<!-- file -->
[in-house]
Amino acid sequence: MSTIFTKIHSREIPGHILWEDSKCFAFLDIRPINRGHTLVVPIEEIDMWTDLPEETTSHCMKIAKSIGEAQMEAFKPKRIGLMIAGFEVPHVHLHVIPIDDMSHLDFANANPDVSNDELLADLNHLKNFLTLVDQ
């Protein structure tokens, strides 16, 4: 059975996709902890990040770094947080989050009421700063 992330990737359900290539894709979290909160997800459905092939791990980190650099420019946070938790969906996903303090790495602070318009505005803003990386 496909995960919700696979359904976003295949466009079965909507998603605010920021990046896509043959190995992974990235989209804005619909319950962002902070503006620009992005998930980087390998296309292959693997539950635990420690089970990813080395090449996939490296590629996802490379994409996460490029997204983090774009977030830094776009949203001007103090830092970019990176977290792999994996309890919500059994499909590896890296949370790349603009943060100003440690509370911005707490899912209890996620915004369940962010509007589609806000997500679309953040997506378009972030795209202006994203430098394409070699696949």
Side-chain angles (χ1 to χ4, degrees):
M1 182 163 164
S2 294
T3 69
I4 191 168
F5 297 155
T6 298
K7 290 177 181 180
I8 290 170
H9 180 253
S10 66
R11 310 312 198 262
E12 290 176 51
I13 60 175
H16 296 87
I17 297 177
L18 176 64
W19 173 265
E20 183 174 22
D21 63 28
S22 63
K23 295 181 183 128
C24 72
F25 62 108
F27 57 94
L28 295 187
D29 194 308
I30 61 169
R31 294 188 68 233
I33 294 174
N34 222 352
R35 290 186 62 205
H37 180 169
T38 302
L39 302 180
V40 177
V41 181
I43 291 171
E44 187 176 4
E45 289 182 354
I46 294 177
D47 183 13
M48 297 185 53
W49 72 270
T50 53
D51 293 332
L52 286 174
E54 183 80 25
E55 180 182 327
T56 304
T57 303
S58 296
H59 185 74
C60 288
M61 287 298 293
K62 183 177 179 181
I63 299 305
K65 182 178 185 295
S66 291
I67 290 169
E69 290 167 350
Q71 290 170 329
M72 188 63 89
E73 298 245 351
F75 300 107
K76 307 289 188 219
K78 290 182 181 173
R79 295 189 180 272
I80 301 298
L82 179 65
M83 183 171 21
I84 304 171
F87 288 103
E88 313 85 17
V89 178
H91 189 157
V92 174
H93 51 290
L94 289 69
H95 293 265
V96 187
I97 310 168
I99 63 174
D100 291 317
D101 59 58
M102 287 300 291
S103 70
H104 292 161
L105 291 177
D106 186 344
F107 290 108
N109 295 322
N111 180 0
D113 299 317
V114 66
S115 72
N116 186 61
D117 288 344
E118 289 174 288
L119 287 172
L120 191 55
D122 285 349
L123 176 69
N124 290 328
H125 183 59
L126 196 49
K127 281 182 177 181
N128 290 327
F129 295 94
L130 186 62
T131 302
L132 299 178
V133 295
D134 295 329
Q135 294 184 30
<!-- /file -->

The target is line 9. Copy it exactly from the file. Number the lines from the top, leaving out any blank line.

F5 297 155